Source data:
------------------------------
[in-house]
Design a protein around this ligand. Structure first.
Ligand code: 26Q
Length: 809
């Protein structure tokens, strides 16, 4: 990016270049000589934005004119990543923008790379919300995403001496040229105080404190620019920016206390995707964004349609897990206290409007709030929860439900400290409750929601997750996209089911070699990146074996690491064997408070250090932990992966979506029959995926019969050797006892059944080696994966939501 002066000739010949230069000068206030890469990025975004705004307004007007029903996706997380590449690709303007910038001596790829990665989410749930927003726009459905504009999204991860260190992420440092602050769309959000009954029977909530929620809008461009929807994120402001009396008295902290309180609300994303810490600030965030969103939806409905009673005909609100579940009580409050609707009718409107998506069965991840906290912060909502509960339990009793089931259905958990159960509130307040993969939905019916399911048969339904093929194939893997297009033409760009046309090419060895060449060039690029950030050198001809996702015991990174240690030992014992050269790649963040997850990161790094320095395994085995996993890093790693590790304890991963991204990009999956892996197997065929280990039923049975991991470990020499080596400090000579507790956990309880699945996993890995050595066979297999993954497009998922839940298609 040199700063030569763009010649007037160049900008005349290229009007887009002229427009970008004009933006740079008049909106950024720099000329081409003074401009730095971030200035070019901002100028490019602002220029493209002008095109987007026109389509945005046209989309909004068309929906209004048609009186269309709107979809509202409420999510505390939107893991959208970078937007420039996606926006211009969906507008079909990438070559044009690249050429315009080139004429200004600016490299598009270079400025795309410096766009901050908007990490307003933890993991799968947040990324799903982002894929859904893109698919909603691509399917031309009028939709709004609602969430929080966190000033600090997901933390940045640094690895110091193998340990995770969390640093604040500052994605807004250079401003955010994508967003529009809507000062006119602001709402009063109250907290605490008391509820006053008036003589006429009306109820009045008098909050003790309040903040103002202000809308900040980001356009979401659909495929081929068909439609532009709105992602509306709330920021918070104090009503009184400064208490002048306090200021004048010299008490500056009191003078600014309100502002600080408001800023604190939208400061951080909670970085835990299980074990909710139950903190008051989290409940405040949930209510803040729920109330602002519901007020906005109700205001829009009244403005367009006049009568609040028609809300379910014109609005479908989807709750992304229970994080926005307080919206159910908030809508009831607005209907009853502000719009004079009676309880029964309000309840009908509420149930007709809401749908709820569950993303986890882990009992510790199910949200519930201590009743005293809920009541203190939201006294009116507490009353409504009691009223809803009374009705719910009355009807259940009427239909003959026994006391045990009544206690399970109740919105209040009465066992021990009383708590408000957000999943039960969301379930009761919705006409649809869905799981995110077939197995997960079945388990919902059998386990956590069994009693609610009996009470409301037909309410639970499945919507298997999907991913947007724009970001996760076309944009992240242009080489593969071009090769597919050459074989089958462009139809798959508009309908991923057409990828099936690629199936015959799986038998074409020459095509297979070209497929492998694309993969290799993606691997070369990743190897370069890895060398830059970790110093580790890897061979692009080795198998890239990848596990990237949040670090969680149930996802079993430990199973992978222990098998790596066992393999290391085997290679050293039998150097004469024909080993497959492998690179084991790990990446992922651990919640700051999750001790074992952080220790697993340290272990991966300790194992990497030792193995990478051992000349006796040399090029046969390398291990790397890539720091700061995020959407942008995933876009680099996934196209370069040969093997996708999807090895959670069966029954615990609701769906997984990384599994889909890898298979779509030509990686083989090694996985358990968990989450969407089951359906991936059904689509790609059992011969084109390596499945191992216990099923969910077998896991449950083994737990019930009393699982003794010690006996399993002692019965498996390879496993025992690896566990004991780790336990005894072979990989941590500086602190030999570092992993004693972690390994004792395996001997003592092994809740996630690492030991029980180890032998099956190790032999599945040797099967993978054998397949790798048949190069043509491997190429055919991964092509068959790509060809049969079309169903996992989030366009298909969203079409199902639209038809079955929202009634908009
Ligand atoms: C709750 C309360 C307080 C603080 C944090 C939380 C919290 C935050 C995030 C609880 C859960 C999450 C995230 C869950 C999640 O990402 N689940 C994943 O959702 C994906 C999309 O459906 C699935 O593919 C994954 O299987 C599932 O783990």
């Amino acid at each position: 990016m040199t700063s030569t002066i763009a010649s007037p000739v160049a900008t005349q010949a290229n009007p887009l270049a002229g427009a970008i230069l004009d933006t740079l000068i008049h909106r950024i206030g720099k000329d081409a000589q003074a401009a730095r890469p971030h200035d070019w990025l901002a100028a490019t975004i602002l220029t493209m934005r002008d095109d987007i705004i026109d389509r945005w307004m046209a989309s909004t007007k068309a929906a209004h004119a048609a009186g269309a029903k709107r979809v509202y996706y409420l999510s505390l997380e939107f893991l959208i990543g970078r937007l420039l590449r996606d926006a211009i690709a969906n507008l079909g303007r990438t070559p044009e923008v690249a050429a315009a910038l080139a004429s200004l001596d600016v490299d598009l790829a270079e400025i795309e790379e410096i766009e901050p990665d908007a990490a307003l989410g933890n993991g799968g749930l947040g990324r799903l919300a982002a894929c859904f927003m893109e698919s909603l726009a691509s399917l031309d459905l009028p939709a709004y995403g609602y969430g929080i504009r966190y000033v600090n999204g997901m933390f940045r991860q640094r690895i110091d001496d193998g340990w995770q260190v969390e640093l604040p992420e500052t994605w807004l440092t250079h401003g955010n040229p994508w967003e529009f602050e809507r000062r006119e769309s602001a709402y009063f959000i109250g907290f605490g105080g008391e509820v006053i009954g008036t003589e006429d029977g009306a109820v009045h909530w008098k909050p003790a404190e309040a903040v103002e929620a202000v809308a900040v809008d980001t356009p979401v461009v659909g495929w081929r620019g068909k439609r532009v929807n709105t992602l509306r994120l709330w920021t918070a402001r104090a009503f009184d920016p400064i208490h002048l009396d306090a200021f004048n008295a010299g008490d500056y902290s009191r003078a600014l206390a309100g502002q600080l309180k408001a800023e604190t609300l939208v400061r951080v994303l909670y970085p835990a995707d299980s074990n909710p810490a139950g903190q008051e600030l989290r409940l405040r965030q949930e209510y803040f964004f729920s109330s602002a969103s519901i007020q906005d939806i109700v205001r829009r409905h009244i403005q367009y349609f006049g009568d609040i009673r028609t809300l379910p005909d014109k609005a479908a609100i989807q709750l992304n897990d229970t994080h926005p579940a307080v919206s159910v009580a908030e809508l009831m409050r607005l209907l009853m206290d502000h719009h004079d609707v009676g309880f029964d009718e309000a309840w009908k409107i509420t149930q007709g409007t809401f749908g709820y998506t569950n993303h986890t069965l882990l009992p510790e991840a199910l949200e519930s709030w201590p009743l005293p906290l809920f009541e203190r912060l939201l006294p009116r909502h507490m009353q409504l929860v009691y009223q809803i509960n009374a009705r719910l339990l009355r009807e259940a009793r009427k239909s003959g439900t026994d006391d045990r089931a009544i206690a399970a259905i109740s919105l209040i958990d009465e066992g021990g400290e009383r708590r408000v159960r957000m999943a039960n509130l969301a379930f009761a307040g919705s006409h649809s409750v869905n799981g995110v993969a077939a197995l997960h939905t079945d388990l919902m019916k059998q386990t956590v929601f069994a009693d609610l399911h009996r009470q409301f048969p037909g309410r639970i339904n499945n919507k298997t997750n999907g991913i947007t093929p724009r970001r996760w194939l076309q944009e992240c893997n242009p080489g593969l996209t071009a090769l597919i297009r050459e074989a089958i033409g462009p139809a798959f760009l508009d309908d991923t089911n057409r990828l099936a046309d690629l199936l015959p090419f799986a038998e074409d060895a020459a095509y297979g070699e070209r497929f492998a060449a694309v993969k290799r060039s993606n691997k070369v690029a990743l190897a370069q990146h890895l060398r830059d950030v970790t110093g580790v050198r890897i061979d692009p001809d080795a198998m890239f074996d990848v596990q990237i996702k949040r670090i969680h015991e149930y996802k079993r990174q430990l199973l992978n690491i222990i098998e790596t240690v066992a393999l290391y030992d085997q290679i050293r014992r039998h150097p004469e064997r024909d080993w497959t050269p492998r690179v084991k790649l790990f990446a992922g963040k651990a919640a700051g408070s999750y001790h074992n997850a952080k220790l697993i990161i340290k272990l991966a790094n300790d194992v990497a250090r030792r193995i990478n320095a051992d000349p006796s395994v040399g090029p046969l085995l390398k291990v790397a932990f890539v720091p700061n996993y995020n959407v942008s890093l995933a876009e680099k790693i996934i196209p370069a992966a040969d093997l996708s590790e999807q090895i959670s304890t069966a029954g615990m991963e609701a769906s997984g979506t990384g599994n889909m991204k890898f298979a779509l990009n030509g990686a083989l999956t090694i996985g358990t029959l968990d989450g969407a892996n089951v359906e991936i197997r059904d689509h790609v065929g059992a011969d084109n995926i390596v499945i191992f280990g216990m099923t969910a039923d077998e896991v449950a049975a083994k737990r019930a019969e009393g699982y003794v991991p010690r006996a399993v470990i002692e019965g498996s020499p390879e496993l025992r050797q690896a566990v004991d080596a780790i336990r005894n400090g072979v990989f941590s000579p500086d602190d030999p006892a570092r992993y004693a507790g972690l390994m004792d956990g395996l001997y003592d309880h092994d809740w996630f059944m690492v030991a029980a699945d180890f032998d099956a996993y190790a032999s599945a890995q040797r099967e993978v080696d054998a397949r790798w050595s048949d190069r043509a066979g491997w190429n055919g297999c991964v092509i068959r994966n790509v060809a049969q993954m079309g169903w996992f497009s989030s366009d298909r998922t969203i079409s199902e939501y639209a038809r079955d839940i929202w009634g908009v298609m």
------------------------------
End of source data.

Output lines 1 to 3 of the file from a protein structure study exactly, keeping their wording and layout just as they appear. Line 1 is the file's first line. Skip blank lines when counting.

[in-house]
Design a protein around this ligand. Structure first.
Ligand code: 26Q